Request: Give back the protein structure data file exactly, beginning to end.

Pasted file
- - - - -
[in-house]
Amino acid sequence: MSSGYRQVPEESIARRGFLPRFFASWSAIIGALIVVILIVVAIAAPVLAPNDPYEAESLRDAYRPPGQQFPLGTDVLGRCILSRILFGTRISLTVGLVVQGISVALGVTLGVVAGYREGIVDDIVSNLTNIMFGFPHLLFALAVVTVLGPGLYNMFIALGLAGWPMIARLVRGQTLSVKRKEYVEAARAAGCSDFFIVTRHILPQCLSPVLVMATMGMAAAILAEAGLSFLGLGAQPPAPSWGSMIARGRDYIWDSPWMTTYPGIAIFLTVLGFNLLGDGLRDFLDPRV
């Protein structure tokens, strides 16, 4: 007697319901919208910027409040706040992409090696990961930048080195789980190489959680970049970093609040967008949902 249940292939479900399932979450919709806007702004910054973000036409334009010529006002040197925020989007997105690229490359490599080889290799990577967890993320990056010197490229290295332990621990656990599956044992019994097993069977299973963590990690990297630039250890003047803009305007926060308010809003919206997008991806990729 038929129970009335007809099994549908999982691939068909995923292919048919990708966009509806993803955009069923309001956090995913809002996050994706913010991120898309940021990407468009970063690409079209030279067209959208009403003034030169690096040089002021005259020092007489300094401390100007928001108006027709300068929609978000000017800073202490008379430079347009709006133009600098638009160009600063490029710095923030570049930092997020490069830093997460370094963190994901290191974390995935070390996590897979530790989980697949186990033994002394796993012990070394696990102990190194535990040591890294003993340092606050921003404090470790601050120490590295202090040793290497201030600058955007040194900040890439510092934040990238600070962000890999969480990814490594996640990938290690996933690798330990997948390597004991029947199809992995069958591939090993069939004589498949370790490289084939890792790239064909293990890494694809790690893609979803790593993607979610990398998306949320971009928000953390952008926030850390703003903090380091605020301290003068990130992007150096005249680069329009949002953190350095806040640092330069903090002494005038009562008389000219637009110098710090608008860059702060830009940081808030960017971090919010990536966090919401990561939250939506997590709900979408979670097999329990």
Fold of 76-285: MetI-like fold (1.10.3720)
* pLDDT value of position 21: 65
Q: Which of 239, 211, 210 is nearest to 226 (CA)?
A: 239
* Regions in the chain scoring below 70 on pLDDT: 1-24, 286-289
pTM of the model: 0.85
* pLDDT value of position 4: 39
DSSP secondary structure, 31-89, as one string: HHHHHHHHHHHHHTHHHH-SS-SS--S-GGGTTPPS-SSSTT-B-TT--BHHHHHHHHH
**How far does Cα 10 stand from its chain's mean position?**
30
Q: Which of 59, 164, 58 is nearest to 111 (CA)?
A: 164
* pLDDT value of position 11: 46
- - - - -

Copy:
[in-house]
Amino acid sequence: MSSGYRQVPEESIARRGFLPRFFASWSAIIGALIVVILIVVAIAAPVLAPNDPYEAESLRDAYRPPGQQFPLGTDVLGRCILSRILFGTRISLTVGLVVQGISVALGVTLGVVAGYREGIVDDIVSNLTNIMFGFPHLLFALAVVTVLGPGLYNMFIALGLAGWPMIARLVRGQTLSVKRKEYVEAARAAGCSDFFIVTRHILPQCLSPVLVMATMGMAAAILAEAGLSFLGLGAQPPAPSWGSMIARGRDYIWDSPWMTTYPGIAIFLTVLGFNLLGDGLRDFLDPRV
């Protein structure tokens, strides 16, 4: 007697319901919208910027409040706040992409090696990961930048080195789980190489959680970049970093609040967008949902 249940292939479900399932979450919709806007702004910054973000036409334009010529006002040197925020989007997105690229490359490599080889290799990577967890993320990056010197490229290295332990621990656990599956044992019994097993069977299973963590990690990297630039250890003047803009305007926060308010809003919206997008991806990729 038929129970009335007809099994549908999982691939068909995923292919048919990708966009509806993803955009069923309001956090995913809002996050994706913010991120898309940021990407468009970063690409079209030279067209959208009403003034030169690096040089002021005259020092007489300094401390100007928001108006027709300068929609978000000017800073202490008379430079347009709006133009600098638009160009600063490029710095923030570049930092997020490069830093997460370094963190994901290191974390995935070390996590897979530790989980697949186990033994002394796993012990070394696990102990190194535990040591890294003993340092606050921003404090470790601050120490590295202090040793290497201030600058955007040194900040890439510092934040990238600070962000890999969480990814490594996640990938290690996933690798330990997948390597004991029947199809992995069958591939090993069939004589498949370790490289084939890792790239064909293990890494694809790690893609979803790593993607979610990398998306949320971009928000953390952008926030850390703003903090380091605020301290003068990130992007150096005249680069329009949002953190350095806040640092330069903090002494005038009562008389000219637009110098710090608008860059702060830009940081808030960017971090919010990536966090919401990561939250939506997590709900979408979670097999329990």
Fold of 76-285: MetI-like fold (1.10.3720)
* pLDDT value of position 21: 65
Q: Which of 239, 211, 210 is nearest to 226 (CA)?
A: 239
* Regions in the chain scoring below 70 on pLDDT: 1-24, 286-289
pTM of the model: 0.85
* pLDDT value of position 4: 39
DSSP secondary structure, 31-89, as one string: HHHHHHHHHHHHHTHHHH-SS-SS--S-GGGTTPPS-SSSTT-B-TT--BHHHHHHHHH
**How far does Cα 10 stand from its chain's mean position?**
30
Q: Which of 59, 164, 58 is nearest to 111 (CA)?
A: 164
* pLDDT value of position 11: 46